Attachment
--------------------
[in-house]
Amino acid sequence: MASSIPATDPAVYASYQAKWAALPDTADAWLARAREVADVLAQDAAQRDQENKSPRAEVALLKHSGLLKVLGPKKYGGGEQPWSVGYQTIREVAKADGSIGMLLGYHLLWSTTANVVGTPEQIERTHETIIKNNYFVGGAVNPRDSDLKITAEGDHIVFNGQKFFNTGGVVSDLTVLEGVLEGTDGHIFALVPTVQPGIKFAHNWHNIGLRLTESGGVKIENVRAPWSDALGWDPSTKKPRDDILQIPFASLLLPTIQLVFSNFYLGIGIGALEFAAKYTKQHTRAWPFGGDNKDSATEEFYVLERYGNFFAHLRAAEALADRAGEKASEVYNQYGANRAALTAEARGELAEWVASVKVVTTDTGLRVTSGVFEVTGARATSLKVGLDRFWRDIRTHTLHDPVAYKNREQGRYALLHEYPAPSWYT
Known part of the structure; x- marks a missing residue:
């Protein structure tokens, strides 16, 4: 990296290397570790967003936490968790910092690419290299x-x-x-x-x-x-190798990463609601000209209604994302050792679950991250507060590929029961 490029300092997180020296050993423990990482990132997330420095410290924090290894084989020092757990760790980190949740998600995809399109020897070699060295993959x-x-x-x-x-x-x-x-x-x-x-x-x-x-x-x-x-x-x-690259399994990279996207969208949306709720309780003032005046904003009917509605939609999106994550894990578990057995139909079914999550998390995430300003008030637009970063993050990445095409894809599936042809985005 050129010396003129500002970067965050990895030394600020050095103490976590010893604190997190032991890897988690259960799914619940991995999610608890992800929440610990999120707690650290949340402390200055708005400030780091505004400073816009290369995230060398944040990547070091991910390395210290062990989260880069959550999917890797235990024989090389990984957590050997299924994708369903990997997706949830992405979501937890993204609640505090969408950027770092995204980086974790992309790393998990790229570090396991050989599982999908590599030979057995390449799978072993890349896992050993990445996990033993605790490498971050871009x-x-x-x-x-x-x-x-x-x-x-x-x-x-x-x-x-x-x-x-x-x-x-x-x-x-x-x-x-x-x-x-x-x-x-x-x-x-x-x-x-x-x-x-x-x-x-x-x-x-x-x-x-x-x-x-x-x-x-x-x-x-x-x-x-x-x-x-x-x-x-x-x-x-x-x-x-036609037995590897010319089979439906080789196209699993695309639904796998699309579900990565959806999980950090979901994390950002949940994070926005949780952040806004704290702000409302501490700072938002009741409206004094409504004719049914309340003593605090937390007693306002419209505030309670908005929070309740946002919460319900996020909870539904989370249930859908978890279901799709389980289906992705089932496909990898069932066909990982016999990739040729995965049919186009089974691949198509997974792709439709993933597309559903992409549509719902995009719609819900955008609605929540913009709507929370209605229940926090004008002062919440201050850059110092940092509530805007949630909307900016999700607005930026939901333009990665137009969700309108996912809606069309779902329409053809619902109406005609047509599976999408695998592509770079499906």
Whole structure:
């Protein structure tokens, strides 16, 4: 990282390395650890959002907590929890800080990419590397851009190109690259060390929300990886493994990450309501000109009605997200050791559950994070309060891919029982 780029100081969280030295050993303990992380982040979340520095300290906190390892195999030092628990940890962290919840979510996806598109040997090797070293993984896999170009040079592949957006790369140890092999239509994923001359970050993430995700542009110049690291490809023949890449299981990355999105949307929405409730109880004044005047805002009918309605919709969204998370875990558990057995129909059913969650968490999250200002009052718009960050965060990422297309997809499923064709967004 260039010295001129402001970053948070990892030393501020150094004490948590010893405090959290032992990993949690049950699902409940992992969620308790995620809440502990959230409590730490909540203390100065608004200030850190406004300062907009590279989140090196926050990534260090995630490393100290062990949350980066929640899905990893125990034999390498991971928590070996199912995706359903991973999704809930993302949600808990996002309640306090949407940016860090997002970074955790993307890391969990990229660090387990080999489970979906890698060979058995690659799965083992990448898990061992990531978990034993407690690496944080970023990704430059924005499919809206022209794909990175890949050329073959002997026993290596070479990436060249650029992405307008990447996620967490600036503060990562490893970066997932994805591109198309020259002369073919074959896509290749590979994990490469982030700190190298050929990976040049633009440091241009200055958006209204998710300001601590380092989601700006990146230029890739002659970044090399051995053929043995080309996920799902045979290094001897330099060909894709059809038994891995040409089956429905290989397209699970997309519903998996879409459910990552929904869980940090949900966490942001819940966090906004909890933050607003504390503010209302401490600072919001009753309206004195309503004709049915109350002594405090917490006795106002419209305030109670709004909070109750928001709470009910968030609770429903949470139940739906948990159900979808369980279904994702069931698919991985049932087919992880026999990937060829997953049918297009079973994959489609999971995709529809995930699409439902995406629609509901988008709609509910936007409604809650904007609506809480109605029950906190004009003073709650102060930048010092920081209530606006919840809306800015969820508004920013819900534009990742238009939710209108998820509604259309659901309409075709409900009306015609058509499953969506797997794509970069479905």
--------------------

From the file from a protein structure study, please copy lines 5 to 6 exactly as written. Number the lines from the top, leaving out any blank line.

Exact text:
Whole structure:
């Protein structure tokens, strides 16, 4: 990282390395650890959002907590929890800080990419590397851009190109690259060390929300990886493994990450309501000109009605997200050791559950994070309060891919029982 780029100081969280030295050993303990992380982040979340520095300290906190390892195999030092628990940890962290919840979510996806598109040997090797070293993984896999170009040079592949957006790369140890092999239509994923001359970050993430995700542009110049690291490809023949890449299981990355999105949307929405409730109880004044005047805002009918309605919709969204998370875990558990057995129909059913969650968490999250200002009052718009960050965060990422297309997809499923064709967004 260039010295001129402001970053948070990892030393501020150094004490948590010893405090959290032992990993949690049950699902409940992992969620308790995620809440502990959230409590730490909540203390100065608004200030850190406004300062907009590279989140090196926050990534260090995630490393100290062990949350980066929640899905990893125990034999390498991971928590070996199912995706359903991973999704809930993302949600808990996002309640306090949407940016860090997002970074955790993307890391969990990229660090387990080999489970979906890698060979058995690659799965083992990448898990061992990531978990034993407690690496944080970023990704430059924005499919809206022209794909990175890949050329073959002997026993290596070479990436060249650029992405307008990447996620967490600036503060990562490893970066997932994805591109198309020259002369073919074959896509290749590979994990490469982030700190190298050929990976040049633009440091241009200055958006209204998710300001601590380092989601700006990146230029890739002659970044090399051995053929043995080309996920799902045979290094001897330099060909894709059809038994891995040409089956429905290989397209699970997309519903998996879409459910990552929904869980940090949900966490942001819940966090906004909890933050607003504390503010209302401490600072919001009753309206004195309503004709049915109350002594405090917490006795106002419209305030109670709004909070109750928001709470009910968030609770429903949470139940739906948990159900979808369980279904994702069931698919991985049932087919992880026999990937060829997953049918297009079973994959489609999971995709529809995930699409439902995406629609509901988008709609509910936007409604809650904007609506809480109605029950906190004009003073709650102060930048010092920081209530606006919840809306800015969820508004920013819900534009990742238009939710209108998820509604259309659901309409075709409900009306015609058509499953969506797997794509970069479905």